Does JavaScript have a bytecode, like Java?

Update 2012-01-22:JavaScript myth: JavaScript needs a standard bytecode” is an updated version of this blog post.

The web and thus JavaScript is slowly turning into a great platform. Part of the allure of the (partially) competing Java platform is that it has a core that goes beyond “Java the language”: The Java Virtual Machine (JVM). There are now many languages that target the JVM, for example: Groovy, JRuby, Fantom, Jython, Scala, ABCL, Clojure, and Gosu. Java class files store JVM programs as Java bytecode, a compact binary format that source code is compiled to. Does JavaScript have something similar?


Wrapping long lines in <pre> tags

To get long lines in pre tags to wrap, insert the following in the head:
    <style type="text/css">
        .wrapit {
            white-space: pre-wrap;
Then use as follows.
    <pre class="wrapit">
If you write “pre” instead of “.wrapit”, all pre tags will be wrapped and no CSS class needs to be specified. You can also directly insert the style information:
    <pre style="white-space: pre-wrap">

jQuery Templates: quick start and tips

In this post, I present a short example that should explain the basics of jQuery Templates and quickly get you started. It also demonstrates a technique to cleanly handle separators between array elements. This technique applies to many other templating engines, so read on even if you don’t plan on using jQuery Templates.


Meet the company that helped start Dropbox, Reddit, Diqus and others

In 2005, Y Combinator (YC) began a very smart and small-scale way of startup funding. In their own words:

Let a big company host your JavaScript libraries

Big companies often use Content Delivery Networks (CDNs). Such a network consists of servers spread all over the world that all host the same content which ensures fast delivery. Some CDNs also host popular JavaScript libraries for the public, for free. Dave Ward gives three reasons why you might want to use such hosted libraries instead of storing them next to your own code:

JavaScript HTML templating: overview and solutions

In this post, I give an overview over JavaScript HTML templating and list a few elegant solutions. I’ll also say which one I ended up choosing for a project of mine.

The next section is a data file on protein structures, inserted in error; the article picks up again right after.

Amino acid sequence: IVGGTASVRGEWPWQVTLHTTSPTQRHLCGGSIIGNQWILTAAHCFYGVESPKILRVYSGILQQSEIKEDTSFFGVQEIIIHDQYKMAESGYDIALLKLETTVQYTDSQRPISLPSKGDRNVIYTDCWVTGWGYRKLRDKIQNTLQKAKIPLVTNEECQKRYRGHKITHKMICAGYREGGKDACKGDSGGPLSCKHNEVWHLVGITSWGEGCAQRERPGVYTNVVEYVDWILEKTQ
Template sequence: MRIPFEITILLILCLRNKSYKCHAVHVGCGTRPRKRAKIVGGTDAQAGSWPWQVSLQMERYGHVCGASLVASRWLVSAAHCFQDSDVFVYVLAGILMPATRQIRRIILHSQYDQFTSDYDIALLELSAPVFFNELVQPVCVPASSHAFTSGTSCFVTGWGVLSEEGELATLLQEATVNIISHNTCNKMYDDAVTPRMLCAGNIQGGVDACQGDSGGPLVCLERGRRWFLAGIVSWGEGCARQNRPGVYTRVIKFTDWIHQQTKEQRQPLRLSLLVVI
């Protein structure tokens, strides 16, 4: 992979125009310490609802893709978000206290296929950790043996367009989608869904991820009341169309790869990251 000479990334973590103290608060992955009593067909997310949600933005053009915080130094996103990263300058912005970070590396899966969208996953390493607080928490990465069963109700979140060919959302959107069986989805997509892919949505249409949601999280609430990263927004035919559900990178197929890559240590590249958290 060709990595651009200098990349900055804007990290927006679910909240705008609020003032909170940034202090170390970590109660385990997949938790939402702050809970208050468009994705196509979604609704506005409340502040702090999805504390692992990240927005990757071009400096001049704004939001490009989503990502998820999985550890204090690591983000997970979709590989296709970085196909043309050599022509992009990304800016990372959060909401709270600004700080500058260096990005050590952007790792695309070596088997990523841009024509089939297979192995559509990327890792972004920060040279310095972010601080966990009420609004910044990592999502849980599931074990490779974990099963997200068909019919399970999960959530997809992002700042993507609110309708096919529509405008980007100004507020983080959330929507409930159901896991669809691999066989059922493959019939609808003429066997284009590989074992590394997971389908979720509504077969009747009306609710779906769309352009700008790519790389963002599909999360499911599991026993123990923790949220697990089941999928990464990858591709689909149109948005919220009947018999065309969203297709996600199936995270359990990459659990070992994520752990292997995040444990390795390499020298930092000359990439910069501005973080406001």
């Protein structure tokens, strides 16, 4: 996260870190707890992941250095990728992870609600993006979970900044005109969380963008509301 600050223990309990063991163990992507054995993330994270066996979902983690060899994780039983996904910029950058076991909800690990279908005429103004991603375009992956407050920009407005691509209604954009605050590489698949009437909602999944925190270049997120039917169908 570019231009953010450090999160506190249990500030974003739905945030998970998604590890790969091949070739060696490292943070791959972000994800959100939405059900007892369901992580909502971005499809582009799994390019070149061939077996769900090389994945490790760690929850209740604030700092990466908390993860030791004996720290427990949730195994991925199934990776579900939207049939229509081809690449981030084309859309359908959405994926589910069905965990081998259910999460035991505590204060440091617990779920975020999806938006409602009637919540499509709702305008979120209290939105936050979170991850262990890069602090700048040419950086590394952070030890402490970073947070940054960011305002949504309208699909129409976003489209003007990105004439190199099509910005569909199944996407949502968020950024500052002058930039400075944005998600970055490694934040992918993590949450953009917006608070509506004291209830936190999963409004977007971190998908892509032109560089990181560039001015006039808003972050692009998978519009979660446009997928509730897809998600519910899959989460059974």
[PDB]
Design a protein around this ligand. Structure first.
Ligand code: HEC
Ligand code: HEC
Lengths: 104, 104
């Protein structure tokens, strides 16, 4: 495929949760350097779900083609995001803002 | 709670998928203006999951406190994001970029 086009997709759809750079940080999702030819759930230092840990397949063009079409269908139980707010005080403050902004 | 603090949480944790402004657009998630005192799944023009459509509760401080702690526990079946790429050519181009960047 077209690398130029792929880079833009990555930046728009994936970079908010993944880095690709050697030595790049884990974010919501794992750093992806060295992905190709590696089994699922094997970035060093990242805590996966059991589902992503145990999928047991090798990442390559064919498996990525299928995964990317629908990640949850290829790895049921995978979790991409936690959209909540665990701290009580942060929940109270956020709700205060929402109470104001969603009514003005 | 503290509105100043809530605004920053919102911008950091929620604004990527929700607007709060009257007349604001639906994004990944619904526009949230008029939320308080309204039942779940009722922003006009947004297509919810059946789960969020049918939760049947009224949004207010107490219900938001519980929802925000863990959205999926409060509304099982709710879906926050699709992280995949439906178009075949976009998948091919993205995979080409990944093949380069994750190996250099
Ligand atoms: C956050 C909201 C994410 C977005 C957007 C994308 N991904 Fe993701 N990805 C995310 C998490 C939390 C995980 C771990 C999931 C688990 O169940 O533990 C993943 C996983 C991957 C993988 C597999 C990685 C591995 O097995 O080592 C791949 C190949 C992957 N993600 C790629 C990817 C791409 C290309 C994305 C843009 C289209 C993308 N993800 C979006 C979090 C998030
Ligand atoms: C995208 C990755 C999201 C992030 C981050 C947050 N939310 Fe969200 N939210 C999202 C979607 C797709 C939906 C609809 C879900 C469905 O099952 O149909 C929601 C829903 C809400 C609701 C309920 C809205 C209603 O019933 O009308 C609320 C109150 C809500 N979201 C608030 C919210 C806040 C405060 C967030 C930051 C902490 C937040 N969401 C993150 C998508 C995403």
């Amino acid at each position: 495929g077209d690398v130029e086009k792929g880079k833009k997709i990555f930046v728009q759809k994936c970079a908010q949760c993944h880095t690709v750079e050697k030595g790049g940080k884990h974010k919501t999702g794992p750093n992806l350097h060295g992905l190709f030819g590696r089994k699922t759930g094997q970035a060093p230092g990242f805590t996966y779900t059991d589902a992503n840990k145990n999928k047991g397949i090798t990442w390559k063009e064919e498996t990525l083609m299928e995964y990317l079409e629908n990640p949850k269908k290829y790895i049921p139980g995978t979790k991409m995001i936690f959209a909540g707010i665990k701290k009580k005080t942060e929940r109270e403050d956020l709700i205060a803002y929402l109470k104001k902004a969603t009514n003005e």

My Twitter pet peeve: URL shortening (and a fix)

I love that Twitter enforces brevity, it only breaks down for one thing: URLs. In order to not waste precious characters, people turn to URL shorteners. Twitter even provides one by default. Shortened URLs such as http://goo.gl/ZeNmF are evil for several reasons:

What if Apple made MobileMe social and gave everyone an account?

Source: The Oatmeal
We all know that Apple’s Ping is quite ... underwhelming. Its existence seems unmotivated, a tepid me-too effort from Apple. And what’s with the name? If they wanted it to sound like a search engine, “Bong” or “Bang” would have been nicer.

What could Apple do to land a true hit? How about the following?

JavaScript hack: send the current web page to another server

Marco Arment explains how InstaPaper works its magic. In case you don’t know: InstaPaper has a bookmarklet that, when clicked on, uploads the current web page to the InstaPaper server. Afterwards, the page can be downloaded by one of the InstaPaper apps for offline reading. Naively, you would expect the bookmarklet to send the URL of the current page to the InstaPaper server which would then crawl the contents of the page. But that would not work with sites where you need to log in. Thus, Arment implemented the following hack.


Rate of web deployment of microformats, RDFa, and eRDF (Sep 2008 - Oct 2010)

Spoiler: RDFa grew more than exponentially. The microformats hatom and hreview grew linearly. The remainder had negative growth. Chart after the break.

Scrolling: to proceed, move fingers up on touch devices, but down on trackpads. Why?

Category  “intriguing useless facts”: On Macs, you can use two fingers to scroll an area. But then you move your fingers in the opposite direction that you would on a touch device. Attempt at an explanation:


If you know the answer to this question, you are old

Do you know the answer to the following question on Super User [via Terminally Incoherent]? If so, consider yourself old.

New device moves your eyelids for 3D without glasses

I am not sure that this is an improvement over glasses, but it is certainly intriguing: You attach a pair of patches to your temples and they move your eyelids so that you see pictures on a monitor in 3D. Picture and video after the break.


Why you shouldn’t ad-block and ideas for better ads

Non-ad from reddit. Note the link for ranking underneath it (that is also used for real ads).